The point is, the 20th (and so far the 21st century) has been a period of great international up heaval, and hundreds of wars, yet only two have been authorized in 60 years. Why this is so is essential to understanding the nature of war since 1945, and especially modern wars, in the age of internet and cable TV beaming images around the world in near real time. The existance of the United Nations, created to avoid war because of the largest war in history, not even being mentioned in an article about it is simply rediculous and something I have attempted and will continue to address. The two are not seperable, especially because it was war that gave birth to the UN in the first place, and more than Unicef or climate change or feeding the poor in Africa, the UN's principal purpose is to prevent war on the scale of the one that brought it into existance. Simply put, you can't say it was more about the UN than about war, because the UN itself, from its charter to its structure, is mostly about war. StrifeZ 15:509, June 29, 2005 (UTC)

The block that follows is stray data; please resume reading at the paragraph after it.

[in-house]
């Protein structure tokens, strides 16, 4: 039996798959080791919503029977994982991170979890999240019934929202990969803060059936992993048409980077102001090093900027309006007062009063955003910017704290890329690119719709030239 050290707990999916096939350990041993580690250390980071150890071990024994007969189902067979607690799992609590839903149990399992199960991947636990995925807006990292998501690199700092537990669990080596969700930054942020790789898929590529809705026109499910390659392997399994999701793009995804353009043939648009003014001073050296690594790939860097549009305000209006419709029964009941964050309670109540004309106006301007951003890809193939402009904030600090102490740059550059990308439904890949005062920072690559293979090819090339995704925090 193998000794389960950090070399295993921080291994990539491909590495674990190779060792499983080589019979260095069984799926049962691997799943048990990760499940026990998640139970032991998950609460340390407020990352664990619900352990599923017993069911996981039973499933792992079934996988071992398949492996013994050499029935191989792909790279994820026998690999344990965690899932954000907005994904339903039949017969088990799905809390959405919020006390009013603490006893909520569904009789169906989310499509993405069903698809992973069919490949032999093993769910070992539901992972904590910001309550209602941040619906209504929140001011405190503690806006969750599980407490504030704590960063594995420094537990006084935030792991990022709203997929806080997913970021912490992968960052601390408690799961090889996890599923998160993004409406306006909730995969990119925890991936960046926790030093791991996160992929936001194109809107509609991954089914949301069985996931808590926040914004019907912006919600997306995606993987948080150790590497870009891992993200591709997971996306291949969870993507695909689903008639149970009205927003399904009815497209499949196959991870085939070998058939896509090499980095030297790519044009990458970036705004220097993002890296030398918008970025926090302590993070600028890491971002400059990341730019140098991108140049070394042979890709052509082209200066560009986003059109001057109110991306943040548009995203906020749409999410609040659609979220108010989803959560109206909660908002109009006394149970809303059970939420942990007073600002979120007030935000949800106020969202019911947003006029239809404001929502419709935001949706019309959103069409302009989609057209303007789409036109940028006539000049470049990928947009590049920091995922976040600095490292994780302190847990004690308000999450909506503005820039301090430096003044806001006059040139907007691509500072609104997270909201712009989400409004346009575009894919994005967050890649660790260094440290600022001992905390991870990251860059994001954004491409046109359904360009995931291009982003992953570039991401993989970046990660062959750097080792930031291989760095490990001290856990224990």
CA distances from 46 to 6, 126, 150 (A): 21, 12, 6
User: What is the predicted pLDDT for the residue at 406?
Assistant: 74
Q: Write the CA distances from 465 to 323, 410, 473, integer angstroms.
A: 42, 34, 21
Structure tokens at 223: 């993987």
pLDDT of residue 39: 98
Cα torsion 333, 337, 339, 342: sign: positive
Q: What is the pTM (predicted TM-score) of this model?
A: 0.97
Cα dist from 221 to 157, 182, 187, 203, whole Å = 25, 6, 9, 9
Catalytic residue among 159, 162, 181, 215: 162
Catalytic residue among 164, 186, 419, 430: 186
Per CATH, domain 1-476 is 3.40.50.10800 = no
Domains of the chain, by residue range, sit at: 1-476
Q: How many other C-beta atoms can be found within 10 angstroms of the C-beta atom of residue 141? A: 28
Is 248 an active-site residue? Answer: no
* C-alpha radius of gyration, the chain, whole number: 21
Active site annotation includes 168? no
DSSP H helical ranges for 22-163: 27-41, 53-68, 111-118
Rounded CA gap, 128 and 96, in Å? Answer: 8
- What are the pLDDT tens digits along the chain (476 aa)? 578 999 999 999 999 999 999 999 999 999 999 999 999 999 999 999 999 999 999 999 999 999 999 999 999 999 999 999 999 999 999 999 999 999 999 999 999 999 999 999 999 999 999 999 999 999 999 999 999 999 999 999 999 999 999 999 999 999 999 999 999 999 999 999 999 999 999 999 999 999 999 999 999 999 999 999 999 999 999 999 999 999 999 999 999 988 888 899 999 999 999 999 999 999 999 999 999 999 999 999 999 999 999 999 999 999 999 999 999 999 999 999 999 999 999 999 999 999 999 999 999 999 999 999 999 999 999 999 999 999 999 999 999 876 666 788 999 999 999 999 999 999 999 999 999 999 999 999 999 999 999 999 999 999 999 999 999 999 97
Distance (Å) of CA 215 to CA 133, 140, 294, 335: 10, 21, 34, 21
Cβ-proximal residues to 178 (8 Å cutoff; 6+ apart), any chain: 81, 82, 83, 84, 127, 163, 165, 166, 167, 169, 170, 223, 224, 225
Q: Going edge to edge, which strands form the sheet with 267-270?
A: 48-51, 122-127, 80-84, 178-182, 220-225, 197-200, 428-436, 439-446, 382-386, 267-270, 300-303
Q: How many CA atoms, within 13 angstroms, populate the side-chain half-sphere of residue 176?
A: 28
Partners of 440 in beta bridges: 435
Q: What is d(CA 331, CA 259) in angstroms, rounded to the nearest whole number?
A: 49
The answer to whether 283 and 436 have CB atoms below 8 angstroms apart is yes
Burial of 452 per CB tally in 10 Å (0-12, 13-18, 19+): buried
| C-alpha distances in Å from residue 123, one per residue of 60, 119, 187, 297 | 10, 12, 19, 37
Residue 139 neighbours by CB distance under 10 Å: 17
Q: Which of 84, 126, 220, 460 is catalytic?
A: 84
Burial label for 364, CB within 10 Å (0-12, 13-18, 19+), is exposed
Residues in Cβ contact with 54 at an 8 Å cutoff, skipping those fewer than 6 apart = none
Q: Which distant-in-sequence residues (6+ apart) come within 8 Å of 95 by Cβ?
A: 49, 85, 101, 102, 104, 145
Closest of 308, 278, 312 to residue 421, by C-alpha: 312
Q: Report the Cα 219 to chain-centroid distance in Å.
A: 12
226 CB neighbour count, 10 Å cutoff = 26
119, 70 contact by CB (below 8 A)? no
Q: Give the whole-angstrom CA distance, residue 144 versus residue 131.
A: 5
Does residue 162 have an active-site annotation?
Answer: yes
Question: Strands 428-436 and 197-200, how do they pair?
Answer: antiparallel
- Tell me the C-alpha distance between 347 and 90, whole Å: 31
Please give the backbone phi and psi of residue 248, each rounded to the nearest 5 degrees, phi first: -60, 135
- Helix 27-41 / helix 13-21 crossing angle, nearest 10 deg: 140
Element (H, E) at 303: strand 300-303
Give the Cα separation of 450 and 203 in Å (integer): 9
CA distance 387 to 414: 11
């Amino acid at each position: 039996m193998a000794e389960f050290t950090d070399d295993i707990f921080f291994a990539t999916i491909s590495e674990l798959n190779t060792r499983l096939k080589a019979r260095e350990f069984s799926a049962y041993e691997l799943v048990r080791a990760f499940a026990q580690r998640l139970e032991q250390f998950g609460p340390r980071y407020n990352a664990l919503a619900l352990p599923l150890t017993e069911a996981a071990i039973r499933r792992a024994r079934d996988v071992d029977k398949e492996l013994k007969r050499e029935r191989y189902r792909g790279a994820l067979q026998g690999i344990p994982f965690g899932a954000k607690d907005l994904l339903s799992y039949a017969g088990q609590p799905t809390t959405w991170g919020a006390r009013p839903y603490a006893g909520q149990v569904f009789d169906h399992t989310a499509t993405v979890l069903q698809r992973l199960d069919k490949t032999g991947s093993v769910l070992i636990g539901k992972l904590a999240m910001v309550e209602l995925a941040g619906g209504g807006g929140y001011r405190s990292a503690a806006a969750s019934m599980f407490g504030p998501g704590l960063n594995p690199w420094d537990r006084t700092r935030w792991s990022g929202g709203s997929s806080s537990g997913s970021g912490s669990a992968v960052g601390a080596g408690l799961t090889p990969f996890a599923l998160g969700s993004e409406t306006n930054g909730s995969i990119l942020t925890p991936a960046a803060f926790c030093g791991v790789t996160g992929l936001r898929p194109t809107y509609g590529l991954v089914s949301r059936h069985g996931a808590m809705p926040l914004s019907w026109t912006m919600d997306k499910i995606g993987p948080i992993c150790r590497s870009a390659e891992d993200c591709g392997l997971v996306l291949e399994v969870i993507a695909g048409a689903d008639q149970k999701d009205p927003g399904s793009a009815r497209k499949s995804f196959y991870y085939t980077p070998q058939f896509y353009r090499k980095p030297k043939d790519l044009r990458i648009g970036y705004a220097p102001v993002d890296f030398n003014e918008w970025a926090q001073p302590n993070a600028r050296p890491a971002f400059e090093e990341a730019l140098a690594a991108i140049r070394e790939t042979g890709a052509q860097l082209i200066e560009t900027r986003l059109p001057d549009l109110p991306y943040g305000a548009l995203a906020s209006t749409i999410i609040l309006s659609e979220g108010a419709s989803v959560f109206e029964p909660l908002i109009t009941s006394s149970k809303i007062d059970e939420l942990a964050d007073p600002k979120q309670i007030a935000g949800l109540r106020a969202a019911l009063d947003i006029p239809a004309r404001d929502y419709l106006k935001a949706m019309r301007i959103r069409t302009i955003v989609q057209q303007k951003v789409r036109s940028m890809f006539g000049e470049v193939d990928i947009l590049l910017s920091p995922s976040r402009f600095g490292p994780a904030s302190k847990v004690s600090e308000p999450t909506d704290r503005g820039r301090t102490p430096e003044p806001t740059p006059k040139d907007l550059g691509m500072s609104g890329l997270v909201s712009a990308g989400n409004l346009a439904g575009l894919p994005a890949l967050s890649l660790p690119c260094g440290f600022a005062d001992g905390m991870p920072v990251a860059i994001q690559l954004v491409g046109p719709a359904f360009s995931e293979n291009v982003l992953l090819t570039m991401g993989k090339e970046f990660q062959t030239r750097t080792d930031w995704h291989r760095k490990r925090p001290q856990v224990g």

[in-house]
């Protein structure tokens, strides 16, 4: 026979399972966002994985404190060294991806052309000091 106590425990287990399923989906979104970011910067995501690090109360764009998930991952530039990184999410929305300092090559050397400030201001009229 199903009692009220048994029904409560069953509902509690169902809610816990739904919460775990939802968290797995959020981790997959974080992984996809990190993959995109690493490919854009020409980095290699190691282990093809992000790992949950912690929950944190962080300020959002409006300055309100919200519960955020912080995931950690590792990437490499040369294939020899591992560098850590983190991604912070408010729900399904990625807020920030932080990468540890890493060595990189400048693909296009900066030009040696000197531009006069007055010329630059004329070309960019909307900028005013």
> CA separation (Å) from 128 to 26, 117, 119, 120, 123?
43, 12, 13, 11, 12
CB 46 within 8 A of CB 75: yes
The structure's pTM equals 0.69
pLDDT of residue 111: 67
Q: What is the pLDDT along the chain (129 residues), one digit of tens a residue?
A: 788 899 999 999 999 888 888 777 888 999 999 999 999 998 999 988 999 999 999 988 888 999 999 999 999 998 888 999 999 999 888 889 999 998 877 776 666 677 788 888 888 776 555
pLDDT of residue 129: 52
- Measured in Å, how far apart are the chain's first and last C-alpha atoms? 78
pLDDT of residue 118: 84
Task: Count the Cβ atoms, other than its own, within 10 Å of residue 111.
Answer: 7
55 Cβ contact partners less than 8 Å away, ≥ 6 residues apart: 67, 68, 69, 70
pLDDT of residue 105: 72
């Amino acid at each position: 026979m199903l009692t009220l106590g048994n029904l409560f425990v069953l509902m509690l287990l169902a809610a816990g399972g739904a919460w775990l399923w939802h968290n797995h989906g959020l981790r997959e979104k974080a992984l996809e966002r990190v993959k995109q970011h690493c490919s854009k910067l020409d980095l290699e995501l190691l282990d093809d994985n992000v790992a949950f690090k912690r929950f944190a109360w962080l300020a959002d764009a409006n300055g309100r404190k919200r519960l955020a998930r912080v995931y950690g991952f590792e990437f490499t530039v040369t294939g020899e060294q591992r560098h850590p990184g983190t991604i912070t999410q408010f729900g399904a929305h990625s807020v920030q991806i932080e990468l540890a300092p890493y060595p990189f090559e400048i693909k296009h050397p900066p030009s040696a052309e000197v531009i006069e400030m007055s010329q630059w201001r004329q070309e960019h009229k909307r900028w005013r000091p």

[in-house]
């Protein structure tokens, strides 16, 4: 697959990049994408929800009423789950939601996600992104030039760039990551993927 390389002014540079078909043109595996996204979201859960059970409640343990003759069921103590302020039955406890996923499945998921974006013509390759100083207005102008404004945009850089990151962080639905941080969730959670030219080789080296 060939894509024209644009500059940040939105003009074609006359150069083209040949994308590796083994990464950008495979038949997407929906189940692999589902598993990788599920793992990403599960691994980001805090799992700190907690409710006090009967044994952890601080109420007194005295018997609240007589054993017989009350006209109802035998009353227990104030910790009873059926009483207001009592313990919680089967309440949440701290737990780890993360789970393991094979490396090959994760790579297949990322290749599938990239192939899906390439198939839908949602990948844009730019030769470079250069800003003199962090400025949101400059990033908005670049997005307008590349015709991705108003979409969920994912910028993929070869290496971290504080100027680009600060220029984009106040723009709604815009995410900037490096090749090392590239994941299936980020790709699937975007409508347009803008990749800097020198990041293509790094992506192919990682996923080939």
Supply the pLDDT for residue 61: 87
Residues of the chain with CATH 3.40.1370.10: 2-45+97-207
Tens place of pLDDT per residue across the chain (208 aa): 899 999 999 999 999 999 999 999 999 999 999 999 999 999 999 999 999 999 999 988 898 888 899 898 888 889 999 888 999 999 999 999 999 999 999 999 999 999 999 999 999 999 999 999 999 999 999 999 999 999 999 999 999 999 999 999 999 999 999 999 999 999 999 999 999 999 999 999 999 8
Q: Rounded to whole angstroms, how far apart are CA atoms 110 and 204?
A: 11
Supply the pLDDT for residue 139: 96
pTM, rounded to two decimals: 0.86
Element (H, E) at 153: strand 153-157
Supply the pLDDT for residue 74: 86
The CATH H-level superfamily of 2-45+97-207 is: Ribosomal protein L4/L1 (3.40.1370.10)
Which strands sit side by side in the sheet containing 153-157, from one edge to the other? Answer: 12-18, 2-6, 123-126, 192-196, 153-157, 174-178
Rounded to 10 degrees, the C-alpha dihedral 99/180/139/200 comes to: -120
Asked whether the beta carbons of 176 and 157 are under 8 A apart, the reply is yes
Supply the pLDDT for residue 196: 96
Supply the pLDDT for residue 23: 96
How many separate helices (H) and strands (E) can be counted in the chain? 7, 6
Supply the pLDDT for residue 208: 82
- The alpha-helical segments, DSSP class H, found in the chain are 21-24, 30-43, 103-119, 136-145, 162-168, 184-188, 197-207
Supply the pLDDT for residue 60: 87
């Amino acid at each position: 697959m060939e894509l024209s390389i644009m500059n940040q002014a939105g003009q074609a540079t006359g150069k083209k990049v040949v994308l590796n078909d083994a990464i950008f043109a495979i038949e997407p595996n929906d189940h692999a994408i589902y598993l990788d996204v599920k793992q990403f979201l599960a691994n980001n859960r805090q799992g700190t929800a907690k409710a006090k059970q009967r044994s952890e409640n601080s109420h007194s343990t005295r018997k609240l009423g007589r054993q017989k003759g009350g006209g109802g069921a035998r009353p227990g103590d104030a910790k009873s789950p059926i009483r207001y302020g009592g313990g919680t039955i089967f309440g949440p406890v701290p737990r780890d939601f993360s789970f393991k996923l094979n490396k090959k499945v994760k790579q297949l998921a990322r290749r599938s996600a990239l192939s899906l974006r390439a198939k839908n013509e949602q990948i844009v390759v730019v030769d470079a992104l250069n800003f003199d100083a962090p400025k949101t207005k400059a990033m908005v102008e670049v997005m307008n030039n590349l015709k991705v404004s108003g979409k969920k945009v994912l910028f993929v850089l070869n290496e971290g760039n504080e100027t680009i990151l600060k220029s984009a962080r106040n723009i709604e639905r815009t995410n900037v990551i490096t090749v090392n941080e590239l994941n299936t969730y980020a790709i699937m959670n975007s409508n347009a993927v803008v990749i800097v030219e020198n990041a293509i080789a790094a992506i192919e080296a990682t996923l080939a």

As you said the UN has, despite its best intentions, had very little effect on warfare. I thus don't see why it should take up a significant portion of our war article. Could you please give me some citations for where you are getting your information, because you continue to make claims not grounded in fact. Nations do not "have to seek UNSC approval for non-defensive warfare." . Many international law scholars believe that Kosovo was perfectly legal, for instance. A good summary of this particular issue can be found here. UN approval is only one of many factors in assessing whether a war is legal, not the only one. Kosovo was justified on the grounds that it is legal to intervene to prevent a humanitarian crisis or genocide, which the coalition alleged was taking place in Kosovo at the time. Those supporting the Iraq war never claimed there was a humanitarian crisis underway prior to the invasion. The central legal justification was that nations have the right to act preemptively against imminent threats and that prior UN resolutions provided sufficient justification. The Kosovo justification was very different from the Iraq one, so there is no "discontinuity" if one accepts one and rejects the other. You are right that most belligerents choose to not pursue UN approval, but this is rarely if ever in pursuit of a "higher purpose" it is almost always because they are well aware that the war will not be approved. They also skip going through the UN because a war can be perfectly legal without UN approval. Also please see our article on the Coalition of the Willing, it makes clear that the phrase reflects a very definite POV. - SimonP June 29, 2005 23:31 (UTC)